In Cyprus, tahini is used as dipping for bread and in souvlaki rather than tzatziki, which is customary in Greece (this is probably when I had my first taste of tahini, when I very briefly lived in Cyprus).

In Syria, tahini is a staple ingredient that is used in a variety of popular dishes. It is used in numerous dips and spreads, including hummus, and is also served as a condiment with falafel and other dishes, and sometimes used in desserts, sweetened with date syrup.

In the Palestinian territories, and specifically in Gaza, there are two varieties of tahina: the first is the standard beige-coloured one; the second is known as "red tahina", named after the deep rust colour that distinguishes it from its more widely known cousin. The color of red tahina is achieved by a different and lengthier process of roasting the sesame seeds, and the resulting taste is more intense. Red tahina is used in Gazan dishes such as Sumagiyya and salads.

Migrants from the Middle East and the Mediterranean brought this wonderful ingredient along to the West.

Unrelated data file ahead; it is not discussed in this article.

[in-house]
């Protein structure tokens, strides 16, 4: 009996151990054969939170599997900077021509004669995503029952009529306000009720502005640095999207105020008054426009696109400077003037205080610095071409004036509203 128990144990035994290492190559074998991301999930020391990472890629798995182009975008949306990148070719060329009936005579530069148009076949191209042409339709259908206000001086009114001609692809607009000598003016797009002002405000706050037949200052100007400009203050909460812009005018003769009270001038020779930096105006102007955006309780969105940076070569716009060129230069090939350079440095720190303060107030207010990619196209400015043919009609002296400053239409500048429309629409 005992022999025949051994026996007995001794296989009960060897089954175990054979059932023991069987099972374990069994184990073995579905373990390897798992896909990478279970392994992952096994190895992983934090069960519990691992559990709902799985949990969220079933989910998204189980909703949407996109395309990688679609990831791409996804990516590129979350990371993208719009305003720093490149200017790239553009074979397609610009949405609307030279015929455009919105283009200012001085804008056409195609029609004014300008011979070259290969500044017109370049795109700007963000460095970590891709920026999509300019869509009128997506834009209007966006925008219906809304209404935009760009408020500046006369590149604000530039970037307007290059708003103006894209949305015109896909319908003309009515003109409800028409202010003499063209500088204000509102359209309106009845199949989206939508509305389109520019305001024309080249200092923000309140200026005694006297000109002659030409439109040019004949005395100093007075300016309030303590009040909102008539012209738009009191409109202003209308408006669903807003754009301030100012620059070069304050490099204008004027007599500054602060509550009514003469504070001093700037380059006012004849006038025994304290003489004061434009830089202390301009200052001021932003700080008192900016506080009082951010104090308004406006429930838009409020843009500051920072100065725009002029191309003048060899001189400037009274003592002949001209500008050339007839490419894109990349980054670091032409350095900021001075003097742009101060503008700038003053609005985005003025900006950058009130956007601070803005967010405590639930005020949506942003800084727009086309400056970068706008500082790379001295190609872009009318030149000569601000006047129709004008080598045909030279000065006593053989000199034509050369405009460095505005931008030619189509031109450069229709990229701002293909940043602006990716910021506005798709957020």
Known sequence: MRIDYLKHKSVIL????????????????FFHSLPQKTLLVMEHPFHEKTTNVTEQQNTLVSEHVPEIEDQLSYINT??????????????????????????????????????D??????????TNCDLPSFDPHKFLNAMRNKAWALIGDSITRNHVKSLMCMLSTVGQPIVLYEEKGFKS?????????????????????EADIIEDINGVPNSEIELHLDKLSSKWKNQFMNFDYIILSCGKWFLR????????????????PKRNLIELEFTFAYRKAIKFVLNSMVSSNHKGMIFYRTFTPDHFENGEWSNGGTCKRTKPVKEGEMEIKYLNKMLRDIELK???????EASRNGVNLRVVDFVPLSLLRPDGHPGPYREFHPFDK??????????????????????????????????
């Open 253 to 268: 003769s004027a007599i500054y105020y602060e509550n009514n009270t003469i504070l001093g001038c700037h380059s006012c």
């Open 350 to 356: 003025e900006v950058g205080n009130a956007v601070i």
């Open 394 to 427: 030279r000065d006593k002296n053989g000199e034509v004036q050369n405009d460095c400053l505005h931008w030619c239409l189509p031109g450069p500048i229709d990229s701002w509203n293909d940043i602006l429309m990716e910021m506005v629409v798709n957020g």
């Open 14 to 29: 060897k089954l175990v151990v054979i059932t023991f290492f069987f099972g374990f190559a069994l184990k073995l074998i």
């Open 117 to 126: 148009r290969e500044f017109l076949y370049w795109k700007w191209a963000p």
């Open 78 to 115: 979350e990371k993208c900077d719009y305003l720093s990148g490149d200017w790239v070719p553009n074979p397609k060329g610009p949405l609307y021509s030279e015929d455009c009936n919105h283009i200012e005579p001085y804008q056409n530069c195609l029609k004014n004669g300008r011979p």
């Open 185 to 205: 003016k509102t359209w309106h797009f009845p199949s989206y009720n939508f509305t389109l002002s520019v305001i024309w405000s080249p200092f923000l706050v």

Tahini has many health benefits (when consumed in moderation). Tahini can help control blood pressure, prevent anaemia and help form blood clots. It’s an antioxidant and has anti-inflammatory properties. It’s great for you unless you are allergic to sesame! The ancient Greeks used sesame for medical purposes. Hippocrates, apparently, used to recommend sesame for its nutritional value. India’s traditional medicine uses the sesame seed to nourish. 




Tahini works soooo well in cookies, brownies and cakes. I wish I could include every single recipe in here today, but I’ll pick a few and then you can go off and explore further.


  • Hot Chocolate. But, make it a white hot chocolate and a swirl of Tahini right at the end. Upgrade it to a grown-up version with some Bailey’s. 

  • If you fancy a Martini with a twist, try this Chocolate Tahini Martini

  • Very excited to try this Vegan Banana Tahini Smoothie

Even more tahini recipes: a selection from my favourite Ottolenghi, 34 Tahini-themed recipes from BBC Good Food


Creamy Tahini Pasta with a Lick of Heat 

This is for all of my friends who are doing Veganuary, and also for those of you who need a quick mid-week dinner that doesn’t require much effort. Just a few favourite ingredients and 10-15 minutes of your time. The result is a creamy, umami-rich pasta sauce.